The latest local election results are interesting, but perhaps slightly underwhelming. The major two parties have been expectation managing for weeks, and while it’s fairly normal for both to declare victory when the results have been counted, both do legitimately have a case here.
The consistent six point Labour lead in Westminster voting intentions tells us a few things; namely, that the Conservatives have recovered a little from the height of Partygate,
The results are poor but not disastrous for the Conservative Party, but that in itself will feel like a positive. When all have been counted, it’s likely that they will have lost 250-300 council seats across the UK, which is far from ideal, with the Prime Minister himself describing it as a “tough night”. But the mitigating factors around that, including where we are in an election cycle, and the vote coming in the wake of Partygate and in the midst of a cost of living crisis, means that things could have been far worse. The Conservatives also made gains from Labour in some key areas, such as Nuneaton, Sandwell and Amber Valley, that would give them comfort heading into the next general election.
For Labour, these results are good but not great. There are some headline scalps, notably taking control of Barnet, Wandsworth and Westminster councils in London, but the biggest individual result of the night is Labour winning the newly established Cumberland council, an area which currently boasts three Conservative MPs. The rest of its progress though, in England, is patchy.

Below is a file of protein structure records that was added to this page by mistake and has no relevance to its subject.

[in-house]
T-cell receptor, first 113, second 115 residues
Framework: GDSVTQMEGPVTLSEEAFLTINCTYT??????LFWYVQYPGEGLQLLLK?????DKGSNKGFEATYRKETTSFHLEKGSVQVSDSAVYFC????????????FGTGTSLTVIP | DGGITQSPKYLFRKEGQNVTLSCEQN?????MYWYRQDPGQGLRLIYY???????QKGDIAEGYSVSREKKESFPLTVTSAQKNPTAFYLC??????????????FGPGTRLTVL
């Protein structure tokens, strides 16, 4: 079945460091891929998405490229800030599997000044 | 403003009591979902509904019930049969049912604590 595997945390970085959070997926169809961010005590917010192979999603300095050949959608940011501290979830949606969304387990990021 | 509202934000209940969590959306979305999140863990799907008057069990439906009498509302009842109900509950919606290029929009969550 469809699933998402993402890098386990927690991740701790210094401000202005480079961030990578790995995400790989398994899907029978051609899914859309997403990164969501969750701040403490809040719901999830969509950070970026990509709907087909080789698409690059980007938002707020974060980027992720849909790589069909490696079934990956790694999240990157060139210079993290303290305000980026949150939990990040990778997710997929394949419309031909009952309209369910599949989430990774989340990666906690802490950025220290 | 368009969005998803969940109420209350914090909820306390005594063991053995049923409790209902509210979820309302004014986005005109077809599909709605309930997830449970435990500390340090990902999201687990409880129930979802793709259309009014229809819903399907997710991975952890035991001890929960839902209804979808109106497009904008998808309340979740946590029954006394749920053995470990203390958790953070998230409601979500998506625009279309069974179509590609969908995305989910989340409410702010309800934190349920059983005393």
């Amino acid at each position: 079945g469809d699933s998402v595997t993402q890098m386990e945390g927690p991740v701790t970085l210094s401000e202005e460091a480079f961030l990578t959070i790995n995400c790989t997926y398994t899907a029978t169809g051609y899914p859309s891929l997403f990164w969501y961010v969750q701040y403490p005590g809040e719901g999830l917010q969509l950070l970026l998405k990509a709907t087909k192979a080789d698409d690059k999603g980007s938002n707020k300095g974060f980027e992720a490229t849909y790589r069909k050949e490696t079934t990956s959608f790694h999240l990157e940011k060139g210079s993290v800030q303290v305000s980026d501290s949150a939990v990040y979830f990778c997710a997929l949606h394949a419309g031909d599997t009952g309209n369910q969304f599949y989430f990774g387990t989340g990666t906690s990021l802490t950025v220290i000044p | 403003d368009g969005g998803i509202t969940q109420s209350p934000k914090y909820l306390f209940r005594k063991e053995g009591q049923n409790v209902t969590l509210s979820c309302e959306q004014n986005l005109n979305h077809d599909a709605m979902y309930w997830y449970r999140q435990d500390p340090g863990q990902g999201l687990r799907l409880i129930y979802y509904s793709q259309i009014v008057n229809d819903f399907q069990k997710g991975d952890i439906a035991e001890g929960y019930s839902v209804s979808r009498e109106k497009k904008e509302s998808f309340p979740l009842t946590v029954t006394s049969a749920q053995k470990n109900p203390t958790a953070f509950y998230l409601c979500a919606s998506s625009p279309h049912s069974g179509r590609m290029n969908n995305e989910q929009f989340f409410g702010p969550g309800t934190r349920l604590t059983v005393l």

The last time these council seats were up for election was 2018, and that provides much-needed context for any declaration of Labour success or failure, especially in the so-called Red Wall. In 2018, Labour still held the Red Wall, and had a reasonable degree of success in those areas in the 2018 council elections, and therefore standing still, or dropping back slightly in 2022 compared to 2018, feels like a lack of progress. However, given the Red Wall completely collapsed for Labour at the 2019 general election, getting a result now that mirrors that of 2018, would actually mark some sort of progress for Labour in the context of winning those seats back at the next election.
There also feels like there could be enough Labour progress in Scotland, squeezing the Conservative and Liberal Democrat unionist vote, to establish themselves as the clear second party; key for marketing themselves at the next general election as the best option for unionist voters to choose in order to beat the SNP.
Labour have called Friday’s result a “turning point”. Is it? Starmer does appear to have successfully stopped the rot, and has done enough over the local elections he’s presided over for the party to see tangible gains in terms of council seats and control, as well as just feeling like there is progress being made. Starmer does not turn some subsets of voters off on the doorstep in the same way that Jeremy Corbyn once did, but nor does he generate anywhere near the same level of enthusiasm that Corbyn generated, especially in 2017, among others. But the modest progress in the Red Wall and Scotland, while not progressing at all in other parts of England, is not enough to win a general election, and it still feels that Labour’s strategy is to win an election by being the least worst, and waiting for things to get so bad for the Conservatives that they win by default